I retested with paket4 and found I had made a mistake in my setup which caused it to behave differently - sorry for the confusion.

@forki

This comment has been minimized.

Show comment
Hide comment
@forki

forki Feb 23, 2017

Member

Thaks for the feedback. What's the real reason for min strategy?

Member

forki commented Feb 23, 2017

Thaks for the feedback. What's the real reason for min strategy?

@optical

This comment has been minimized.

Show comment
Hide comment
@optical

optical Feb 23, 2017

It was driven by several factors, the tipping point being #2134 stinging us during deployment due to the missing transitive dependency. The other major factor is that this is a project shared by probably 50+ other devs, and since we're switching from checked in binaries (I know...) which provide absolute guarantees around what version you're getting, over to potentially floating versions, there was a lot of fear about potentially getting bumped up to a version which introduces a regression etc. Additionally we have a few dependencies, some of which are internal that aren't following proper SemVer, so that is why we had some pinned packages. Given #2134 came up we decided to go with min to try minimize risk of aggressively floating up, and try ensure all applications sharing this monolith end up with as close to the same versions of its dependencies. The fact that Nuget utilises min by default was also an argument that came into play.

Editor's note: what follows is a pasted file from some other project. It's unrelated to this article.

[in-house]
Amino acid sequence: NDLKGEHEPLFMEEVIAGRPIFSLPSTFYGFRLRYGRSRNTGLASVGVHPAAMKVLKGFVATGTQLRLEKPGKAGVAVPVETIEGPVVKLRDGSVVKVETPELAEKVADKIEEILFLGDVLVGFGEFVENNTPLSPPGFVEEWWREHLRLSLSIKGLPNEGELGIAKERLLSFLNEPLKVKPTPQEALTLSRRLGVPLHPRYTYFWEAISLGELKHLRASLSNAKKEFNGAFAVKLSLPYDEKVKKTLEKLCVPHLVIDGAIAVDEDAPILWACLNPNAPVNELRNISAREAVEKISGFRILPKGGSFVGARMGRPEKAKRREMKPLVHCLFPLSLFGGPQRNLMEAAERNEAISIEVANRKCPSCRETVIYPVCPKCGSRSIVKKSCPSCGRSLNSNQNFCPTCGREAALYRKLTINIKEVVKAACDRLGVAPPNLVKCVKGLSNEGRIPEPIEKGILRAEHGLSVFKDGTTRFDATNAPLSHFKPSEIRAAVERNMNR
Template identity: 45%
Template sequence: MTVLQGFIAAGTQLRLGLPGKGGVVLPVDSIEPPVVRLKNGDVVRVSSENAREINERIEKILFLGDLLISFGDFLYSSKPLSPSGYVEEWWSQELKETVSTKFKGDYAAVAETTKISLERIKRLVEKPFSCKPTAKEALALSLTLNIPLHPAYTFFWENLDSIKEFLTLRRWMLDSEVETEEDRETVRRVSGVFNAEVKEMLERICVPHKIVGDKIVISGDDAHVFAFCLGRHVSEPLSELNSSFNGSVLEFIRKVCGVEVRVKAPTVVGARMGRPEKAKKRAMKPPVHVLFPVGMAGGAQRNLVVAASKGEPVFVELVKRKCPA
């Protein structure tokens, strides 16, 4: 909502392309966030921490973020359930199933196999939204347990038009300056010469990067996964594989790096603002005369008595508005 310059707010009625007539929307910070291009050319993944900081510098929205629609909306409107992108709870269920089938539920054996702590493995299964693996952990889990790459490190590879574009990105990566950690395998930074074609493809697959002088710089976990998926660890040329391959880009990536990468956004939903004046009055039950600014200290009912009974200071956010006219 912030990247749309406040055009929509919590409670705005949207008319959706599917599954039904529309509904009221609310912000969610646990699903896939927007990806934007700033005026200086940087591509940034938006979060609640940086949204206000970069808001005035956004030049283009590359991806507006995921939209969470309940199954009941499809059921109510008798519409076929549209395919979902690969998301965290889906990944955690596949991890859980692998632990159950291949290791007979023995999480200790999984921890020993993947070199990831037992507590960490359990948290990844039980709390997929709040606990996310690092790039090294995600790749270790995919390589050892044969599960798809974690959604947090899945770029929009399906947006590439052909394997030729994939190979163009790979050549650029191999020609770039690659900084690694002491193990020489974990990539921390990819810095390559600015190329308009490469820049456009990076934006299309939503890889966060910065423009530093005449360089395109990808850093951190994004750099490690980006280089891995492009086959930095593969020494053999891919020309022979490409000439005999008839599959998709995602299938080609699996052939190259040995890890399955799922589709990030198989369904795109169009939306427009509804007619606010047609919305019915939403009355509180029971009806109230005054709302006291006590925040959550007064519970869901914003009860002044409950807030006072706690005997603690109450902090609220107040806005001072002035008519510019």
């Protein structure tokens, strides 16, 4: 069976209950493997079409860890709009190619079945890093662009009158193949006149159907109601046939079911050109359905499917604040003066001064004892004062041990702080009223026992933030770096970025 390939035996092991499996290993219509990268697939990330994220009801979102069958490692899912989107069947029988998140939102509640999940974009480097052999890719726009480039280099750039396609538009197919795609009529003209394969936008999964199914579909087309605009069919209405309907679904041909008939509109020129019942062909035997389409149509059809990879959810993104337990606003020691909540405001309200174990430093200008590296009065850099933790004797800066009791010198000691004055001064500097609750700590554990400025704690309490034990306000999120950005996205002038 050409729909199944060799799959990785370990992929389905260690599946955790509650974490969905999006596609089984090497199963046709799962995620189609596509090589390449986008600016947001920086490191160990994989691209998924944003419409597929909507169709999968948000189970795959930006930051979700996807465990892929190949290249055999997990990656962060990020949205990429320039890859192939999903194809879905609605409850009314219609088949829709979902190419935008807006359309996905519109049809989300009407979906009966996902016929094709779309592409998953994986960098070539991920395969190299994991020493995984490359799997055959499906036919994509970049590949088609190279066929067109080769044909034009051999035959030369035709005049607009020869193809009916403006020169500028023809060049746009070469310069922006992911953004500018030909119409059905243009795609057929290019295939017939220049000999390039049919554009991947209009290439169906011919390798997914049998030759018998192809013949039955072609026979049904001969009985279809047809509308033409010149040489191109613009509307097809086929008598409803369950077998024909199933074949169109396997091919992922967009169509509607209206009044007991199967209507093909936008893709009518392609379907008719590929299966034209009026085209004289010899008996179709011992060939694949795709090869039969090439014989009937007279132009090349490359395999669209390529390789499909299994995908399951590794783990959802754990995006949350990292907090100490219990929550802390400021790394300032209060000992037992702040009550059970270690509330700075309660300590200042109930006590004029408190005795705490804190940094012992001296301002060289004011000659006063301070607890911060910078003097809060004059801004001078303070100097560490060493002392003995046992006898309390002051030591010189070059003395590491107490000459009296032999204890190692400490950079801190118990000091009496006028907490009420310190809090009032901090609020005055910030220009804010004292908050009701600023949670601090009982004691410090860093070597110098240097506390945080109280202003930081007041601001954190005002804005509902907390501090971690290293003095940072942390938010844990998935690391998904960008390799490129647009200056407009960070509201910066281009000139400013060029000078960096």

Hopefully that makes some sense into the decision for min over max.

optical commented Feb 23, 2017

It was driven by several factors, the tipping point being #2134 stinging us during deployment due to the missing transitive dependency. The other major factor is that this is a project shared by probably 50+ other devs, and since we're switching from checked in binaries (I know...) which provide absolute guarantees around what version you're getting, over to potentially floating versions, there was a lot of fear about potentially getting bumped up to a version which introduces a regression etc. Additionally we have a few dependencies, some of which are internal that aren't following proper SemVer, so that is why we had some pinned packages. Given #2134 came up we decided to go with min to try minimize risk of aggressively floating up, and try ensure all applications sharing this monolith end up with as close to the same versions of its dependencies. The fact that Nuget utilises min by default was also an argument that came into play.

Hopefully that makes some sense into the decision for min over max.

@forki

This comment has been minimized.

Show comment
Hide comment
@forki

forki Feb 23, 2017

Member
Member

forki commented Feb 23, 2017

@optical

This comment has been minimized.

Show comment
Hide comment
@optical

optical Feb 23, 2017

I am not sure what the solution with #2134 is, but adding binding redirects is one. I need to setup a test scenario which causes Nuget to float the transitive dep up to v15 and see how it copes with the situation, but I haven't got around to it, mostly since we decided to just go with the Min strategy. I'll see if I can get some time this weekend to setup that situation.

optical commented Feb 23, 2017

I am not sure what the solution with #2134 is, but adding binding redirects is one. I need to setup a test scenario which causes Nuget to float the transitive dep up to v15 and see how it copes with the situation, but I haven't got around to it, mostly since we decided to just go with the Min strategy. I'll see if I can get some time this weekend to setup that situation.

Sign up for free to join this conversation on GitHub. Already have an account? Sign in to comment